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Criminal Procedure

Criminal Law and Procedure

University of Pittsburgh School of Law Working Paper Series

Articles 1 - 7 of 7

Full-Text Articles in Law

Search Me?, John Burkoff Aug 2007

Search Me?, John Burkoff

University of Pittsburgh School of Law Working Paper Series

Professor Burkoff contends that most people who purportedly “consent” to searches by law enforcement officers are not really – "freely and voluntarily," as the Supreme Court decisional law supposedly requires – consenting to such searches. Yet, absent unusual circumstances, the great likelihood is that a court nonetheless will conclude that such consent was valid and any evidence seized admissible under the Fourth Amendment.

Professor Burkoff argues, however, that the Supreme Court’s 2006 decision in Georgia v. Randolph now dictates that the application of consent law doctrine should reflect the actual voluntariness (or involuntariness) of the questioned consents that come before the ...


Parallel Courts, Elena A. Baylis Feb 2007

Parallel Courts, Elena A. Baylis

University of Pittsburgh School of Law Working Paper Series

Even as American attention is focused on Iraq’s struggles to rebuild its political and legal systems in the face of violent sectarian divisions, another fractured society – Kosovo – has just begun negotiations to resolve the question of its political independence. The persistent ethnic divisions that have obstructed Kosovo’s efforts to establish multi-ethnic “rule of law” offer lessons in transitional justice for Iraq and other states.

In Kosovo today, two parallel judicial systems each claim absolute and exclusive jurisdiction over the province. One system is sponsored by the United Nations administration in Kosovo and is mostly, although not exclusively, staffed ...


Remembering Welsh White, John Burkoff Nov 2006

Remembering Welsh White, John Burkoff

University of Pittsburgh School of Law Working Paper Series

This paper was an adaptation from a eulogy for Welsh White, an esteemed Criminal Procedure professor at the University of Pittsburgh School of Law.


Terrorism And The New Criminal Process, John Parry Sep 2005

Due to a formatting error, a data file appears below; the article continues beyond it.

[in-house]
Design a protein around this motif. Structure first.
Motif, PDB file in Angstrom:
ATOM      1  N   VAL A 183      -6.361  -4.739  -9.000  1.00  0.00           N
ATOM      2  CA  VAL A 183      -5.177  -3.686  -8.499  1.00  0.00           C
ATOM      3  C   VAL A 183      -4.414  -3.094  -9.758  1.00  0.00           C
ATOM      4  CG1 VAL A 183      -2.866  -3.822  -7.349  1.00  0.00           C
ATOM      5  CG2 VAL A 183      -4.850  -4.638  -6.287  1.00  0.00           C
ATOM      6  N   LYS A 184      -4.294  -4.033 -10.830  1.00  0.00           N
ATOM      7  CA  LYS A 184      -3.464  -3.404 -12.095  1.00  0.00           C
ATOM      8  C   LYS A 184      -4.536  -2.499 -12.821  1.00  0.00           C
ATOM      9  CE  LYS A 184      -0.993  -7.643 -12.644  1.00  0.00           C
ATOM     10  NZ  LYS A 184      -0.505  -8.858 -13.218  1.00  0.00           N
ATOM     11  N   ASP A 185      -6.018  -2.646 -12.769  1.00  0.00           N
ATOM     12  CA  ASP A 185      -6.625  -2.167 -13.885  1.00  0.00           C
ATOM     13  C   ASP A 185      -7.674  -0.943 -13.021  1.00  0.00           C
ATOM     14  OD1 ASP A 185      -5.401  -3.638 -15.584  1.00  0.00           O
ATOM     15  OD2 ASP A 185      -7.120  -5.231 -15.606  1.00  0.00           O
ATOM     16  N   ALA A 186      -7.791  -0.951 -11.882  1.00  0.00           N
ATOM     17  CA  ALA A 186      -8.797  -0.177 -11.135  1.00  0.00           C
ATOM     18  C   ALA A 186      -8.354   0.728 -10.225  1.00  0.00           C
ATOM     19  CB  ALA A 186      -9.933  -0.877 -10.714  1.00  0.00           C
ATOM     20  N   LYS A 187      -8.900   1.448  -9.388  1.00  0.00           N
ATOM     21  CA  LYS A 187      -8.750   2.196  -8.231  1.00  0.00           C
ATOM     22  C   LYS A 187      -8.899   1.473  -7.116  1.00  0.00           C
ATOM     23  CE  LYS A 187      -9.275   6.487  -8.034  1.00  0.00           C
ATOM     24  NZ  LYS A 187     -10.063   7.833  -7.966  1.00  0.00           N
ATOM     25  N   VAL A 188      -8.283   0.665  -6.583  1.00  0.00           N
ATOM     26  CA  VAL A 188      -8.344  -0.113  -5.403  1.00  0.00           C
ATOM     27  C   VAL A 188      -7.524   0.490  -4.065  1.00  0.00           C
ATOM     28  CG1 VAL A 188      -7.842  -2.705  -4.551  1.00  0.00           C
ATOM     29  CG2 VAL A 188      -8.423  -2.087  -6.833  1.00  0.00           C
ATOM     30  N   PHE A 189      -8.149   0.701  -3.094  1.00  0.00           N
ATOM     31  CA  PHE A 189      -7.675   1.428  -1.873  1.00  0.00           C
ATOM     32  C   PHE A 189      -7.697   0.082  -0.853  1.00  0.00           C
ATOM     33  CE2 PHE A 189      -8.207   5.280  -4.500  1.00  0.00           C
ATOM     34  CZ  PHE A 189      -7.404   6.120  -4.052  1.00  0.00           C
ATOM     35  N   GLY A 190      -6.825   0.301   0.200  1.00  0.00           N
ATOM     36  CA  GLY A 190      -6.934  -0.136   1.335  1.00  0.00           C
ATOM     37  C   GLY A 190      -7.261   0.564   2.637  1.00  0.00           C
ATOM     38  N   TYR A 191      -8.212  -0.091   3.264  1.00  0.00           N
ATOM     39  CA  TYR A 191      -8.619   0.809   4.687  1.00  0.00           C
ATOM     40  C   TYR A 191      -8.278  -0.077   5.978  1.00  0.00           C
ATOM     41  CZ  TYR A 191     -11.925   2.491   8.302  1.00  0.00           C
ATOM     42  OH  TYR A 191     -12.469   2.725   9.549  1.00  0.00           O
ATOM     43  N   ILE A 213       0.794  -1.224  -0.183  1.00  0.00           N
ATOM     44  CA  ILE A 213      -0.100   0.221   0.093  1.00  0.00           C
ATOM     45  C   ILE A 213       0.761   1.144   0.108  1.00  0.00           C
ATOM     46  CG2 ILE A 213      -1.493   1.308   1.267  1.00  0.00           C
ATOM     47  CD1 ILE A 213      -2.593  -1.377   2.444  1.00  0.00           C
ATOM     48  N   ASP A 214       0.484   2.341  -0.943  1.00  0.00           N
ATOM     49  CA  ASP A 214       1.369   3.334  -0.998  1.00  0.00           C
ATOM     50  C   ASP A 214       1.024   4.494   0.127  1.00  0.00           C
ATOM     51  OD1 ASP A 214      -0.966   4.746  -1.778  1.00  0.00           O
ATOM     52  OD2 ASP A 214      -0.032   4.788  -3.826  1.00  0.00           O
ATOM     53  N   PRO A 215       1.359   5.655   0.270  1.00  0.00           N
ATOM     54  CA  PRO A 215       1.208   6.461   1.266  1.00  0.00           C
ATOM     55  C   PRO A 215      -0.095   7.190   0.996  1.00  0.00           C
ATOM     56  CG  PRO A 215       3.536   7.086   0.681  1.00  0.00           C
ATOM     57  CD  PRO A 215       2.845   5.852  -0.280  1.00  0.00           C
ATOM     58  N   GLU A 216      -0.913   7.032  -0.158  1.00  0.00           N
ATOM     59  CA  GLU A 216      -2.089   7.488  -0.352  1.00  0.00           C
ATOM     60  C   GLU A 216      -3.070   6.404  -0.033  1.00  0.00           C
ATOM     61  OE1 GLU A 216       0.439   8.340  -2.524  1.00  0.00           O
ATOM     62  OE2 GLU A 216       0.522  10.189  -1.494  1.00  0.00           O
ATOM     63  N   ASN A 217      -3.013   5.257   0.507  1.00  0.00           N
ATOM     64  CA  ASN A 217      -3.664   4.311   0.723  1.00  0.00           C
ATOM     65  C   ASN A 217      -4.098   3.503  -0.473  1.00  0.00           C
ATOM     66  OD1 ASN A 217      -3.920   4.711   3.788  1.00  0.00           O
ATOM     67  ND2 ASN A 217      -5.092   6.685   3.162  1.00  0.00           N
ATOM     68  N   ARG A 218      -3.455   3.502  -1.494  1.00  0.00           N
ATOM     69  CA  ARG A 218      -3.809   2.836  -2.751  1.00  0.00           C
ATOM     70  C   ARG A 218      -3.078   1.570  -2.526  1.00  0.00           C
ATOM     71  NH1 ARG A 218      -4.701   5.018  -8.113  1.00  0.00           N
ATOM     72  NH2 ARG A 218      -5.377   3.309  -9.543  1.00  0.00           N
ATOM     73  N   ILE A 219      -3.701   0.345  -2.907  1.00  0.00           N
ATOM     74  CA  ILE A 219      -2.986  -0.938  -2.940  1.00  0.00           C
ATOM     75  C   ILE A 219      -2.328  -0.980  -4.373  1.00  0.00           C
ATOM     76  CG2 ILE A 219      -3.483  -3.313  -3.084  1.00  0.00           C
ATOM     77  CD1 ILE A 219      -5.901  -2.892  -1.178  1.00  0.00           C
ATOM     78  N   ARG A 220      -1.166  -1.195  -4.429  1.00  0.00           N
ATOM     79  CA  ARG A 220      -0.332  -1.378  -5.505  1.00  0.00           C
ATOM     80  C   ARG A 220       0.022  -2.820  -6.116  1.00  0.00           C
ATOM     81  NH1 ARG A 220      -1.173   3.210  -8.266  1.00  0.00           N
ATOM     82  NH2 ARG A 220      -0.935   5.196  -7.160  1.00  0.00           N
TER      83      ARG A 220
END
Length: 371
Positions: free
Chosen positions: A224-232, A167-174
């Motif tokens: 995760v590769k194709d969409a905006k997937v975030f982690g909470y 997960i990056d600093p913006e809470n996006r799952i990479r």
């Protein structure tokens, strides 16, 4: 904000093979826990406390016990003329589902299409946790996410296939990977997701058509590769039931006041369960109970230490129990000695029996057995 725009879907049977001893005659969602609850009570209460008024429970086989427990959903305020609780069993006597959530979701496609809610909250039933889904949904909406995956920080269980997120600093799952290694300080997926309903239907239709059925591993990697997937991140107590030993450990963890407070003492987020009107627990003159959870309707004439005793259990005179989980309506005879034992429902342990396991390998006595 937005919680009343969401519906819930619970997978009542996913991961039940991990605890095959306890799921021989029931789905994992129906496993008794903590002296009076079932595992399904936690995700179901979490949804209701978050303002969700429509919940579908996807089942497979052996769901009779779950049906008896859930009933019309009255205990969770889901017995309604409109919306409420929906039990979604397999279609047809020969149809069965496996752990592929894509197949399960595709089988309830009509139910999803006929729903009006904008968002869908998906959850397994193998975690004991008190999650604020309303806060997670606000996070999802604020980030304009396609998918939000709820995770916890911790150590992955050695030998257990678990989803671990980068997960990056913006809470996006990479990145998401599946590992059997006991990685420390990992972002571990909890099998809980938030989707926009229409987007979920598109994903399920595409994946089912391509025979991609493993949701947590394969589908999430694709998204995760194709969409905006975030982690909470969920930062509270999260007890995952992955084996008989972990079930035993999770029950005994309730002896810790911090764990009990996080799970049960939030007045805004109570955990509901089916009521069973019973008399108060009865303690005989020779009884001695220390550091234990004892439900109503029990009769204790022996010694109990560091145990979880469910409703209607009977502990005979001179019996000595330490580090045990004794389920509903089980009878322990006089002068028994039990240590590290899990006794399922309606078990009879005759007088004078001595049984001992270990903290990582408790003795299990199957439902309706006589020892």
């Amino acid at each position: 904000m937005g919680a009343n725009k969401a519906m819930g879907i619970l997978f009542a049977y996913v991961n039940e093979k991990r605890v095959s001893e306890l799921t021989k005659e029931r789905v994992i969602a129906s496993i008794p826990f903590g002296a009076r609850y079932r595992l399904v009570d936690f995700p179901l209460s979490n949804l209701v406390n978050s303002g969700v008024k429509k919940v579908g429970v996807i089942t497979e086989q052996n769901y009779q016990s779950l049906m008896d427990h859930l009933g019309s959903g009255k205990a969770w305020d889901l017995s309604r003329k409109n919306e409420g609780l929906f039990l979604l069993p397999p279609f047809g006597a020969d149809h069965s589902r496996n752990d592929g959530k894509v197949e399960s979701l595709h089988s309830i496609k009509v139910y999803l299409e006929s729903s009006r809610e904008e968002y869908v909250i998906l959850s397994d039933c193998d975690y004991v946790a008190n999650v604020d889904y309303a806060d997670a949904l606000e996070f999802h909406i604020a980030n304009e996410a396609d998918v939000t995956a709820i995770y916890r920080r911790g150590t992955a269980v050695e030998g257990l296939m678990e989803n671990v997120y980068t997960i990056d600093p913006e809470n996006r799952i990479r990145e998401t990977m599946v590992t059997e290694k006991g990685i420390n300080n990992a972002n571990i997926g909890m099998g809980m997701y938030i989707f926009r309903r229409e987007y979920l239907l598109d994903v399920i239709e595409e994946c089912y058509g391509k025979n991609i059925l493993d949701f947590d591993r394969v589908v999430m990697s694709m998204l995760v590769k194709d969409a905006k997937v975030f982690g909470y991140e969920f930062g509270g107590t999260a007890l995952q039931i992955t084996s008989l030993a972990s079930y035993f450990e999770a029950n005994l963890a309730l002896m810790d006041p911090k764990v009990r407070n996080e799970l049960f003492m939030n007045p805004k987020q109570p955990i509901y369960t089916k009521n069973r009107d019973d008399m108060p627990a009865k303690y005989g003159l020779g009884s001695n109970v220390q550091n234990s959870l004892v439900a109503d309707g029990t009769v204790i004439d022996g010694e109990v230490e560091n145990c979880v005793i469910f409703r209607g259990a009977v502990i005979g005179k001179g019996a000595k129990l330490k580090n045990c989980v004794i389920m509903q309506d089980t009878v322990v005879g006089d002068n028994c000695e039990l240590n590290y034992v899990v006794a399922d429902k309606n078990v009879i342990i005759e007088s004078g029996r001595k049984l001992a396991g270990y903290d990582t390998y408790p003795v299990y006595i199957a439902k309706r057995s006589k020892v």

Terrorism And The New Criminal Process, John Parry

University of Pittsburgh School of Law Working Paper Series

Executive and legislative actions after 9/11 demonstrate a shift in the way the federal government combats terrorism. Traditional law enforcement entities have been given new powers, and military and intelligence personnel have taken on a new prominence. Criminal prosecutions are still being brought against persons suspected of terrorist activity, but the government seems less willing to accord criminal trials a central role in anti-terror efforts. In short, we are seeing the creation of a “new criminal process” for terrorism, a process that in many cases bypasses federal courts and operates wholly outside the territorial boundaries of the United States ...


Have We Come Full Circle? Judicial Sentencing Discretion Restored In Booker And Fanfan, Sandra D. Jordan Apr 2005

Have We Come Full Circle? Judicial Sentencing Discretion Restored In Booker And Fanfan, Sandra D. Jordan

University of Pittsburgh School of Law Working Paper Series

The much anticipated Supreme Court decision in United States v. Booker and Fanfan has both invalidated the mandatory nature of the federal Sentencing Guidelines as well as restored judicial discretion for federal judges. With the Booker decision there is a renewed opportunity to correct some of the imbalance that came about as a result of the mandatory guidelines and the sentencing policies of the past twenty years. Booker has implications for all future sentencing as the power between the judiciary and the jury has been realigned and the power of the government has been reduced. Sentencing cannot accomplish legitimate goals ...


Constitutional Interpretation And Coercive Interrogation After Chavez V. Martinez, John Parry Jul 2004

Constitutional Interpretation And Coercive Interrogation After Chavez V. Martinez, John Parry

University of Pittsburgh School of Law Working Paper Series

Using the Supreme Court's decision last Term in Chavez v. Martinez as a launching pad, this article reveals and addresses fundamental tensions in constitutional interpretation, the law of interrogation, and civil rights litigation. First, this article highlights the importance of remedies to the definition of constitutional rights, which compels us to jettison the idea of prophylactic rules and accept Congress's role in constitutional interpretation. Armed with these insights, the article next considers the law of coercive interrogation. I explain why the privilege against self-incrimination is more than a trial right, and I redefine the central holding of Miranda ...


A Deadly Dilemma: Strategic Choices By Attorneys Representing "Innocent" Capital Defendants, Welsh S. White Sep 2003

A Deadly Dilemma: Strategic Choices By Attorneys Representing "Innocent" Capital Defendants, Welsh S. White

University of Pittsburgh School of Law Working Paper Series

In this Article, I will contrast the choices of defense attorneys with wide experience in capital cases with those made by defense attorneys who lack such experience, and assess Wiggins v. Smith's possible impact on the question of whether the latter group's choices constitute deficient performance under the first prong of the Strickland test. Broadly stated, my thesis is that in representing capital defendants with a strong claim of innocence, certain axioms that govern the practices of experienced capital-defense attorneys should be viewed as professional norms, and, in most instances, a capital-defense attorney's failure to comply with ...